And, of course, yay for dragons. But then, I'm biased... (*is one of those scary insane spiritualist people*)

"Maybe I need to implement voice recognition on my stapler next."

That would be keen. Then when I get asked by 328420394 students every day do we have a stapler, or where is the stapler, it would just zoom up and present itself to them.

Implementing the hoverjets for the stapler so that it could in fact "zoom up" is left as an exercise for the reader.

Ignoring automatic activation of the stapler, semi-automated stapler retrieval can be done with floor decorations and a standard LEGO Mindstorms set. A line-follower that detects and counts intersections can follow a black grid (flanked by white so the light sensor can see when it's gone off track, with intersections marked with white spots) to any destination in a regular grid of desks- or any intersection, should some other arrangement be more practical.

Voice activation can be done by a computerized base station, although in the non-quiet environment it would likely be in, it would probably have too many false alarms to be practical. Individual call buttons at possible stapler-retrieval points would work better.

All things considered, hoverjets would probably be more practical.

...but darn it, don't little plastic robots have more style?

*tap tippity tap*
*tap tippity tip tap... tap*

I was going to try to dictate what printing something does, but it just goes *whrrrr* with no end in sight. Time to fix my printer...

I fear it wouldn't be very useful for my essays, as it won't know a lot of scientific words (judging by Word's dictionary, at any rate). I probably type faster than I talk, too.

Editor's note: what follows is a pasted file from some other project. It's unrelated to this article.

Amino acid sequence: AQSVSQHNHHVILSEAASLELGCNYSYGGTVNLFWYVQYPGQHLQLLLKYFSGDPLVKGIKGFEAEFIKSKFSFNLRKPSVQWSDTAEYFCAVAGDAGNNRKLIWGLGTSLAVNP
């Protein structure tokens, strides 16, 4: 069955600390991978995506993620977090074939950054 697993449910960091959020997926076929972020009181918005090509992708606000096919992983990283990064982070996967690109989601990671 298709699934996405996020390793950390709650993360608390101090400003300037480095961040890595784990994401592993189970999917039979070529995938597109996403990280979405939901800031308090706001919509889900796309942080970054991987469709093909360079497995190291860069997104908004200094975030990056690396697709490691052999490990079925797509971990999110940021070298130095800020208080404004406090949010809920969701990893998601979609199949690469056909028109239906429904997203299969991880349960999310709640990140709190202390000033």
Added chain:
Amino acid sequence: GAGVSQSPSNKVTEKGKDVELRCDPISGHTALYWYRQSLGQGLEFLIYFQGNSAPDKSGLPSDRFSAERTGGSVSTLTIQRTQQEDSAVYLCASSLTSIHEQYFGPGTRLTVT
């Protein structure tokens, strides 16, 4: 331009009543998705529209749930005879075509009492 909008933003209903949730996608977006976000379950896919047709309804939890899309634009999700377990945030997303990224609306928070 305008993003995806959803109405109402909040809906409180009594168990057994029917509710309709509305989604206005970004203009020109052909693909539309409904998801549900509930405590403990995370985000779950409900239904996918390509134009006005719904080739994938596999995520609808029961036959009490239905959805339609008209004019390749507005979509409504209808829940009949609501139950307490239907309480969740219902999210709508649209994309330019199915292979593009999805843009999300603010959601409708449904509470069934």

I think the largest usability problems they have, from when I've used them before, are to do with punctuation, though. Do you have to say "Open quotes stop listening period close quotes" or the like? How about "It wasn't sure whether I meant Print capitalise that or Print capitalise that Preview capitalise that comma..."?

I also wonder if they localise for non-Americans...

I type and talk at about equal speeds- I talk slightly more quickly naturally, but waiting for the recognizer slows me down. The advantage is in the way my computers are set up on my desk- in a word, clumsily; there's no way to set them up so I can comfortably type on my laptop while still being able to move the mouse of my desktop computer. (This is a full desk. College dorms are like that.) Voice recognition makes that much less of a problem.

Yes, punctuation is inconvenient. You are almost verbatim correct about the punctuation- except I added a few "literal" in there to make sure it didn't interpret my command as a command. ("Literal" is the escape, forcing it to interpret the next word as dictation; "literal comma" is required to get "comma" instead of ",".)

I know there's a setting that would understand you, although other localizations aren't too far along- other than a few variants of English, you've got Japanese and Chinese. Guess what countries the original researchers were from...

It does have a really clever feature to dramatically enhance recognition: if you let it, it will read all your e-mail and documents and look for words it doesn't know. It will tentatively add them to the dictionary as possible things to recognize, with unknown pronunciation or part-of-speech. This is how it got the words "draconity", "draconid", "Otherkin", and "motherfucker" right the first time I said each of them.

Obviously, it can also be explicitly taught new words- if it misrecognizes something, if it doesn't have it listed as an alternate- and saying the word again doesn't bring it up as an option- I can spell it, and if it still doesn't know the word, it will add it to the dictionary- and explicitly ask about capitalization and for a very clear reference pronunciation to maximize the chance of recognition.

Inconvenient exactly once, but then it tends to remain correct!